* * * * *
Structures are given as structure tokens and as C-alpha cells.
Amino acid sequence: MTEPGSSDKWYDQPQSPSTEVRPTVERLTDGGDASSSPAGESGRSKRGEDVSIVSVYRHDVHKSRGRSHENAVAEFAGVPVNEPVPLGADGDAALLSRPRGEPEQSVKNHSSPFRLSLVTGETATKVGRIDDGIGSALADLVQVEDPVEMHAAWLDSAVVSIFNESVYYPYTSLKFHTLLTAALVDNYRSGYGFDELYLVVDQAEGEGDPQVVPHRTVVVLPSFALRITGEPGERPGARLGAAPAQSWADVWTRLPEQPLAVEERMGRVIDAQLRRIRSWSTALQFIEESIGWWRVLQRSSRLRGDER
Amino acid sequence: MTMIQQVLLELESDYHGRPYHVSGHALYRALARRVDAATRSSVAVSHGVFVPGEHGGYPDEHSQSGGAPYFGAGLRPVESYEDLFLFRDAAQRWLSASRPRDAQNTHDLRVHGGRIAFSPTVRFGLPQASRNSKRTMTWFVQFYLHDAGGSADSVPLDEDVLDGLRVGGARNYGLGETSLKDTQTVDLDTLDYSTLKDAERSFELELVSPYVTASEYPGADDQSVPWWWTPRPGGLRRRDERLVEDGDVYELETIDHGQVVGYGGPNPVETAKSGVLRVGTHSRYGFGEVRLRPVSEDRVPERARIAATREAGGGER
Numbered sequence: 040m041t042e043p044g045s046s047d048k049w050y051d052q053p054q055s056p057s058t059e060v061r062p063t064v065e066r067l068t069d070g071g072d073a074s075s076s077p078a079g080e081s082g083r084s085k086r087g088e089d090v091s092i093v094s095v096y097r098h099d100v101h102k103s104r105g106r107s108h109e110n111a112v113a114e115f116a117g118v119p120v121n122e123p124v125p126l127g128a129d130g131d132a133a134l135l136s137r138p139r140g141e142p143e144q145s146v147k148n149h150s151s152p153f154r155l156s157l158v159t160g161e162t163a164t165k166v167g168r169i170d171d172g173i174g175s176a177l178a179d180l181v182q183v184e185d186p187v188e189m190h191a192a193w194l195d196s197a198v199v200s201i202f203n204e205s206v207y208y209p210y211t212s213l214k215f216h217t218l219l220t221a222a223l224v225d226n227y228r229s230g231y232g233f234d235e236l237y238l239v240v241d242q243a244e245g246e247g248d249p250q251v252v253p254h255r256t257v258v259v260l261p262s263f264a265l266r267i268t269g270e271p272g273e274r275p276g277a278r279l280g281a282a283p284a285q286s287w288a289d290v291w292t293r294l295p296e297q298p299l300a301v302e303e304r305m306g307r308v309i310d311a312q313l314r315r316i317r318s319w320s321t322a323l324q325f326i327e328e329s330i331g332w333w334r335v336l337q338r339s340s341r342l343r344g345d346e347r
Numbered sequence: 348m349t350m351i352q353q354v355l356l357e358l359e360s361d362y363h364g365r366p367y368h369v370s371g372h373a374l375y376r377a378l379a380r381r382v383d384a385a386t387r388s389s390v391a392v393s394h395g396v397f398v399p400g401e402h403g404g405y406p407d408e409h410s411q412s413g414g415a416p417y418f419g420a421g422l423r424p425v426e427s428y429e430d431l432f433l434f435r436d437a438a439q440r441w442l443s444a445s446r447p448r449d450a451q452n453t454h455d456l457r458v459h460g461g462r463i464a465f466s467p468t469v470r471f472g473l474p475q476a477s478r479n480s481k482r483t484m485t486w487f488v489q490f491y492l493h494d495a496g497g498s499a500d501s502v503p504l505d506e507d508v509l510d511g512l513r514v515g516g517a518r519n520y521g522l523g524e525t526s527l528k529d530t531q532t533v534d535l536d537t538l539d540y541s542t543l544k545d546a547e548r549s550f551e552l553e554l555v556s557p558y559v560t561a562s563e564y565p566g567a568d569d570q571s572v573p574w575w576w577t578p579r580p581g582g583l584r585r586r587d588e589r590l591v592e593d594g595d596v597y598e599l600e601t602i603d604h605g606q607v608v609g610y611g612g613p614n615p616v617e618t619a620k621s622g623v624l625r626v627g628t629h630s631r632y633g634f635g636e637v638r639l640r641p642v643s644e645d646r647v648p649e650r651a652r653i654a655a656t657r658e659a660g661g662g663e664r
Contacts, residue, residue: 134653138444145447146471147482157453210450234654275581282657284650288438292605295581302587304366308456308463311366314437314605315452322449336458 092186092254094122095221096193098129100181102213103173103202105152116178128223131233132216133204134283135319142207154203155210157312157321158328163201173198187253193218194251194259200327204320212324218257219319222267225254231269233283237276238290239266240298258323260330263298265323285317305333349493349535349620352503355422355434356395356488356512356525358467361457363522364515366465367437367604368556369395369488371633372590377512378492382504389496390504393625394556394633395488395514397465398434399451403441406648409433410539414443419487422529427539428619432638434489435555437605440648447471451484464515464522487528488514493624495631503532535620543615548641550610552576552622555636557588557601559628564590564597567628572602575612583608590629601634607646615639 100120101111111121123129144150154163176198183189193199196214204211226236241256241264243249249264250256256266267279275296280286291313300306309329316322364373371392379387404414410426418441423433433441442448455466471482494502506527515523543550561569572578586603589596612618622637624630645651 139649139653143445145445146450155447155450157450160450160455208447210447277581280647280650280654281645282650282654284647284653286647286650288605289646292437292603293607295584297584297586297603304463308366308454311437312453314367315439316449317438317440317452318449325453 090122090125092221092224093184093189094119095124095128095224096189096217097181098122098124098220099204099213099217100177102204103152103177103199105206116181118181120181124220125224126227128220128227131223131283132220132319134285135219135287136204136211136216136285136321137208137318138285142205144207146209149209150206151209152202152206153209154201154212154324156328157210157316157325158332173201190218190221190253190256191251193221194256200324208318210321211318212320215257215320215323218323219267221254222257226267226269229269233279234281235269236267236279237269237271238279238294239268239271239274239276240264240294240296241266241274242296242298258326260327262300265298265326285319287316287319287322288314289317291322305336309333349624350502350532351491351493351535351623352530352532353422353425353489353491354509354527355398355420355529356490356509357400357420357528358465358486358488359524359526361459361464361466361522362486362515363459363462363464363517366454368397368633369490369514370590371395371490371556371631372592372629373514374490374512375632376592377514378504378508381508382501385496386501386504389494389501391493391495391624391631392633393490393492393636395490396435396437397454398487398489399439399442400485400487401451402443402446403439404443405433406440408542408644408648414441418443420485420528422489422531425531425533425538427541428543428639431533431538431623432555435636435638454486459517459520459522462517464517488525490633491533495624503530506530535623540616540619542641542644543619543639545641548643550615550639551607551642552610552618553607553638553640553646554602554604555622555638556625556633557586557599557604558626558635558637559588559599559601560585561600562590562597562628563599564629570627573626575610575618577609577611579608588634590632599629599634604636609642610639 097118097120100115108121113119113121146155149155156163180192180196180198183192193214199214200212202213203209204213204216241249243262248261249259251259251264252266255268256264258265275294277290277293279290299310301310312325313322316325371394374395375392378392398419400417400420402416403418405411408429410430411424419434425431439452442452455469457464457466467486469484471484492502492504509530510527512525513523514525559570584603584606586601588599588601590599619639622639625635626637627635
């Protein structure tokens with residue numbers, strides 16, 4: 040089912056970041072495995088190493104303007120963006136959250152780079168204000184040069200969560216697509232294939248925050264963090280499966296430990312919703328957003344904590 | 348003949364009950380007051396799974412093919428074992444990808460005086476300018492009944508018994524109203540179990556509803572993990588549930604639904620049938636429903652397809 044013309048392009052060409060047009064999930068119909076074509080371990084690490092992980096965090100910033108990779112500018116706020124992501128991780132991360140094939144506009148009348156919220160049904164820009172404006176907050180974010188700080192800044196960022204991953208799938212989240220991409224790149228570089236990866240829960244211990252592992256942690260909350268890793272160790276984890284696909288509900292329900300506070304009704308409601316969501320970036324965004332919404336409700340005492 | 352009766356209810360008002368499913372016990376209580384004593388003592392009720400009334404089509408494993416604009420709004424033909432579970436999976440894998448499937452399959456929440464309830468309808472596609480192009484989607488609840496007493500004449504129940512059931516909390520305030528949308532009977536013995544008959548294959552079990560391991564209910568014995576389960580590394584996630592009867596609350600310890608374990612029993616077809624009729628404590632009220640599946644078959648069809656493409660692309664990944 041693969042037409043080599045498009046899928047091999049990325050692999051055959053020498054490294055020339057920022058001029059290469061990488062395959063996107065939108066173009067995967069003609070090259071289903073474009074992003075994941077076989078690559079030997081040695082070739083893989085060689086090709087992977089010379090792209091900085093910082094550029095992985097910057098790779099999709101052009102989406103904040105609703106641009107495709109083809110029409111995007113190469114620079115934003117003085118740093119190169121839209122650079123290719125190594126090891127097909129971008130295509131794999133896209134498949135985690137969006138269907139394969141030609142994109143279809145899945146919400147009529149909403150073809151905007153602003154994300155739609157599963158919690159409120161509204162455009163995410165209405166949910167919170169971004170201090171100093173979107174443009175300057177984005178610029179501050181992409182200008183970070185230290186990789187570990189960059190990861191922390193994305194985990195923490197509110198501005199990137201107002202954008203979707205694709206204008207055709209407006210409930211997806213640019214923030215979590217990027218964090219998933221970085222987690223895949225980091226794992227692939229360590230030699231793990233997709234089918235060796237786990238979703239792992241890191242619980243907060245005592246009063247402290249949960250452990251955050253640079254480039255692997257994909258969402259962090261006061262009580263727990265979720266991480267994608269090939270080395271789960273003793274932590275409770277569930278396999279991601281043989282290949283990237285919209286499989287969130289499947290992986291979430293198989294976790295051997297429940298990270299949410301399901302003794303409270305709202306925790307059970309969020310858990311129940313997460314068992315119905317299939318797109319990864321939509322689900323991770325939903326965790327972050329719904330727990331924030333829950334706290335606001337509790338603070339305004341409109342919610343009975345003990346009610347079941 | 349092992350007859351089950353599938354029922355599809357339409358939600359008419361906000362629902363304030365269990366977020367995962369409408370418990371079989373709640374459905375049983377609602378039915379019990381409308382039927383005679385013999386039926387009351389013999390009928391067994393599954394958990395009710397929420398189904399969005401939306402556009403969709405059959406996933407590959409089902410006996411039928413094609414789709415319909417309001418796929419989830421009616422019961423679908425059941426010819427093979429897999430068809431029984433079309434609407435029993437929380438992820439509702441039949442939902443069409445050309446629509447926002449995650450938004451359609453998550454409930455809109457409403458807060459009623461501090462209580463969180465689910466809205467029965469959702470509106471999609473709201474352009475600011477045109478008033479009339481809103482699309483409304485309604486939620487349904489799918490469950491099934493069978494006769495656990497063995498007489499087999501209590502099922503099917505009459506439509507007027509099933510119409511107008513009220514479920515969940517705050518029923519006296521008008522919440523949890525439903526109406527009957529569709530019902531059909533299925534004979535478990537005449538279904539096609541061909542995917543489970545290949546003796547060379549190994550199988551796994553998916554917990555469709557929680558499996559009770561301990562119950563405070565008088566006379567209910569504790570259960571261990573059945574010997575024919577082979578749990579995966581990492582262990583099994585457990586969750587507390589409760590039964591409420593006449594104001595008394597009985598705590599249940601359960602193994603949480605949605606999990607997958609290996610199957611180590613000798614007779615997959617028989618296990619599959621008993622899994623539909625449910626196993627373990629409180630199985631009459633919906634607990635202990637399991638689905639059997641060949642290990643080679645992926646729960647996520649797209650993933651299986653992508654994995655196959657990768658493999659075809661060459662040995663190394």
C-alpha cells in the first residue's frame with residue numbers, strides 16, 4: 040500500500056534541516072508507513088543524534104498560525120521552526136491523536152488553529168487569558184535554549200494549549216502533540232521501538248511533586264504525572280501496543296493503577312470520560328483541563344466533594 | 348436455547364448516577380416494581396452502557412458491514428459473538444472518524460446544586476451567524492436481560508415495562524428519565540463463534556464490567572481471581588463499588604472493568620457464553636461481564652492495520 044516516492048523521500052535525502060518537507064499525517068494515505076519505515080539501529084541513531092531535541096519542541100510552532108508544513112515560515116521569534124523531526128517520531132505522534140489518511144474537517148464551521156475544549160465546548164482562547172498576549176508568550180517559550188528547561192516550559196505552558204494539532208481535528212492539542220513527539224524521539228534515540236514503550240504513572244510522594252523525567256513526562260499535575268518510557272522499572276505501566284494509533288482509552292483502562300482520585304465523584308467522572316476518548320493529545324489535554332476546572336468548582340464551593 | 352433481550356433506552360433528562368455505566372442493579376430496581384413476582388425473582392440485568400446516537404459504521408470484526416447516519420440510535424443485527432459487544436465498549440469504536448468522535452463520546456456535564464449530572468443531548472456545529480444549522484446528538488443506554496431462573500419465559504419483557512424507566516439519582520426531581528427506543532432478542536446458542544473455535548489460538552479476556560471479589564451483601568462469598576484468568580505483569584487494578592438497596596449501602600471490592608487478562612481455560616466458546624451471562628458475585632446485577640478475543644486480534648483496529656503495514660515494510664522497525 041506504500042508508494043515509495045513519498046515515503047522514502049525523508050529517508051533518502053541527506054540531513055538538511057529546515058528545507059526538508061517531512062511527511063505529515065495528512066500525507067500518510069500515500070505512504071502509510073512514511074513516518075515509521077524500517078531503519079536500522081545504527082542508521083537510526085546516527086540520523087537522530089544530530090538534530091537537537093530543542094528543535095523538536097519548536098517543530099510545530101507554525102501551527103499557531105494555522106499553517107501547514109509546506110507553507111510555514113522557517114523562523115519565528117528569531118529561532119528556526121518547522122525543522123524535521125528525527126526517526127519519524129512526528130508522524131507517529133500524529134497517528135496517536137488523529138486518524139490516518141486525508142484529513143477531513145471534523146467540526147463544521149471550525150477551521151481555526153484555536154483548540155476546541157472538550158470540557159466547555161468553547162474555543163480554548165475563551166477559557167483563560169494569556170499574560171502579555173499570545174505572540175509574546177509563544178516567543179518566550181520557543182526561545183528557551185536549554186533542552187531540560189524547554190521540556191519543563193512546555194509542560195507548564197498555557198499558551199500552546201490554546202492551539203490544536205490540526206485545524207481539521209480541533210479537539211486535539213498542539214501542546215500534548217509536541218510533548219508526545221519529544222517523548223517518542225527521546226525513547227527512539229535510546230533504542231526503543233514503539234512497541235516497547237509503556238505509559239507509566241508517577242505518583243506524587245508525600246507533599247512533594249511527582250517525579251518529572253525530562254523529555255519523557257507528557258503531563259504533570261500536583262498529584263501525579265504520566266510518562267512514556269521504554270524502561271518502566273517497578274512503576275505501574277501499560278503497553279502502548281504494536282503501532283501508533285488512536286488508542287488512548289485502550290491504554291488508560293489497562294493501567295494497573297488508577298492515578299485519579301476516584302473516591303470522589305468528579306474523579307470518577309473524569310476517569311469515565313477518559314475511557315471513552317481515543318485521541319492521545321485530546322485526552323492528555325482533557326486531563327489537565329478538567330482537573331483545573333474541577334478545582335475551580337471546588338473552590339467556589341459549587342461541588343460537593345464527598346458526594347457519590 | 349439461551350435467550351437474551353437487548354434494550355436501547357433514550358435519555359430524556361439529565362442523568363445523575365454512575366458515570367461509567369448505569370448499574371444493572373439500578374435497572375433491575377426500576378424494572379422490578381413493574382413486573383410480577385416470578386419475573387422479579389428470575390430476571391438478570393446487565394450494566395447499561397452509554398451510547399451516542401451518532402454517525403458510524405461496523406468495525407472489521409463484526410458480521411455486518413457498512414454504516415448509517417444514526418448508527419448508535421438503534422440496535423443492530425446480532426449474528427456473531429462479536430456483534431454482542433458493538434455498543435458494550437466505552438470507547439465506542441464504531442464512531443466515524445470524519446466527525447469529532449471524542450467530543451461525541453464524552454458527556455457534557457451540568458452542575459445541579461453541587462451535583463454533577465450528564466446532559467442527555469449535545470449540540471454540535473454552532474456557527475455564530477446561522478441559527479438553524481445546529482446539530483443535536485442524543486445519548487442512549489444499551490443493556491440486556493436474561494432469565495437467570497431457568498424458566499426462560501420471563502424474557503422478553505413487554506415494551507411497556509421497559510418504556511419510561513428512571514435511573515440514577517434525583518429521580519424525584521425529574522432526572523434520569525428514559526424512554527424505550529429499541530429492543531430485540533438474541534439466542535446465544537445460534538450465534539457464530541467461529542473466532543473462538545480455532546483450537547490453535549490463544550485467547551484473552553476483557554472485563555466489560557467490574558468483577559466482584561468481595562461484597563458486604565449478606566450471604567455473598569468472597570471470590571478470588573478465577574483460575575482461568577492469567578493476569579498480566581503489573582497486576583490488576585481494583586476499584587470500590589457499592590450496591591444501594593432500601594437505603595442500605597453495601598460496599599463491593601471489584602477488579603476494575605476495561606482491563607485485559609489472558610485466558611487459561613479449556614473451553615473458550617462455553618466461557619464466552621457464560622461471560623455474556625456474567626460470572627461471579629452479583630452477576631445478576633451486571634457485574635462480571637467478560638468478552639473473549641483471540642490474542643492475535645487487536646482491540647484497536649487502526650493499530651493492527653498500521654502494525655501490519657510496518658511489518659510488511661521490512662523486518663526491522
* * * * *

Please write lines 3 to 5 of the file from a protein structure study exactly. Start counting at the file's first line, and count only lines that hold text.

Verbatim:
Amino acid sequence: MTMIQQVLLELESDYHGRPYHVSGHALYRALARRVDAATRSSVAVSHGVFVPGEHGGYPDEHSQSGGAPYFGAGLRPVESYEDLFLFRDAAQRWLSASRPRDAQNTHDLRVHGGRIAFSPTVRFGLPQASRNSKRTMTWFVQFYLHDAGGSADSVPLDEDVLDGLRVGGARNYGLGETSLKDTQTVDLDTLDYSTLKDAERSFELELVSPYVTASEYPGADDQSVPWWWTPRPGGLRRRDERLVEDGDVYELETIDHGQVVGYGGPNPVETAKSGVLRVGTHSRYGFGEVRLRPVSEDRVPERARIAATREAGGGER
Numbered sequence: 040m041t042e043p044g045s046s047d048k049w050y051d052q053p054q055s056p057s058t059e060v061r062p063t064v065e066r067l068t069d070g071g072d073a074s075s076s077p078a079g080e081s082g083r084s085k086r087g088e089d090v091s092i093v094s095v096y097r098h099d100v101h102k103s104r105g106r107s108h109e110n111a112v113a114e115f116a117g118v119p120v121n122e123p124v125p126l127g128a129d130g131d132a133a134l135l136s137r138p139r140g141e142p143e144q145s146v147k148n149h150s151s152p153f154r155l156s157l158v159t160g161e162t163a164t165k166v167g168r169i170d171d172g173i174g175s176a177l178a179d180l181v182q183v184e185d186p187v188e189m190h191a192a193w194l195d196s197a198v199v200s201i202f203n204e205s206v207y208y209p210y211t212s213l214k215f216h217t218l219l220t221a222a223l224v225d226n227y228r229s230g231y232g233f234d235e236l237y238l239v240v241d242q243a244e245g246e247g248d249p250q251v252v253p254h255r256t257v258v259v260l261p262s263f264a265l266r267i268t269g270e271p272g273e274r275p276g277a278r279l280g281a282a283p284a285q286s287w288a289d290v291w292t293r294l295p296e297q298p299l300a301v302e303e304r305m306g307r308v309i310d311a312q313l314r315r316i317r318s319w320s321t322a323l324q325f326i327e328e329s330i331g332w333w334r335v336l337q338r339s340s341r342l343r344g345d346e347r
Numbered sequence: 348m349t350m351i352q353q354v355l356l357e358l359e360s361d362y363h364g365r366p367y368h369v370s371g372h373a374l375y376r377a378l379a380r381r382v383d384a385a386t387r388s389s390v391a392v393s394h395g396v397f398v399p400g401e402h403g404g405y406p407d408e409h410s411q412s413g414g415a416p417y418f419g420a421g422l423r424p425v426e427s428y429e430d431l432f433l434f435r436d437a438a439q440r441w442l443s444a445s446r447p448r449d450a451q452n453t454h455d456l457r458v459h460g461g462r463i464a465f466s467p468t469v470r471f472g473l474p475q476a477s478r479n480s481k482r483t484m485t486w487f488v489q490f491y492l493h494d495a496g497g498s499a500d501s502v503p504l505d506e507d508v509l510d511g512l513r514v515g516g517a518r519n520y521g522l523g524e525t526s527l528k529d530t531q532t533v534d535l536d537t538l539d540y541s542t543l544k545d546a547e548r549s550f551e552l553e554l555v556s557p558y559v560t561a562s563e564y565p566g567a568d569d570q571s572v573p574w575w576w577t578p579r580p581g582g583l584r585r586r587d588e589r590l591v592e593d594g595d596v597y598e599l600e601t602i603d604h605g606q607v608v609g610y611g612g613p614n615p616v617e618t619a620k621s622g623v624l625r626v627g628t629h630s631r632y633g634f635g636e637v638r639l640r641p642v643s644e645d646r647v648p649e650r651a652r653i654a655a656t657r658e659a660g661g662g663e664r